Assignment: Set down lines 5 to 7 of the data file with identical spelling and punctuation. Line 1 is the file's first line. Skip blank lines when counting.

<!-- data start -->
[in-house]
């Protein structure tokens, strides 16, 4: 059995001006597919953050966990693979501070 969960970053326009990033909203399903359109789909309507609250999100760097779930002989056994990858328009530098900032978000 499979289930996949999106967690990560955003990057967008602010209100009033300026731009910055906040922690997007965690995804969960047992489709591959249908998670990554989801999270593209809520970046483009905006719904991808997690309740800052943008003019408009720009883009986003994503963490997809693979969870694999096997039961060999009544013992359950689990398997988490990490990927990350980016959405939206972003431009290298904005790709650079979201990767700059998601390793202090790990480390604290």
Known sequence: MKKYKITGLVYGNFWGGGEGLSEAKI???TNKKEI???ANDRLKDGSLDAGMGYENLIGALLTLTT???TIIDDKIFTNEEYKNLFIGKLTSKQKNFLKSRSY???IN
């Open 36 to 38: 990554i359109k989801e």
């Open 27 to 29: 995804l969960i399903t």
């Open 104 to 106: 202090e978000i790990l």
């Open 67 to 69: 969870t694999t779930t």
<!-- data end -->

């Open 27 to 29: 995804l969960i399903t």
């Open 104 to 106: 202090e978000i790990l």
């Open 67 to 69: 969870t694999t779930t």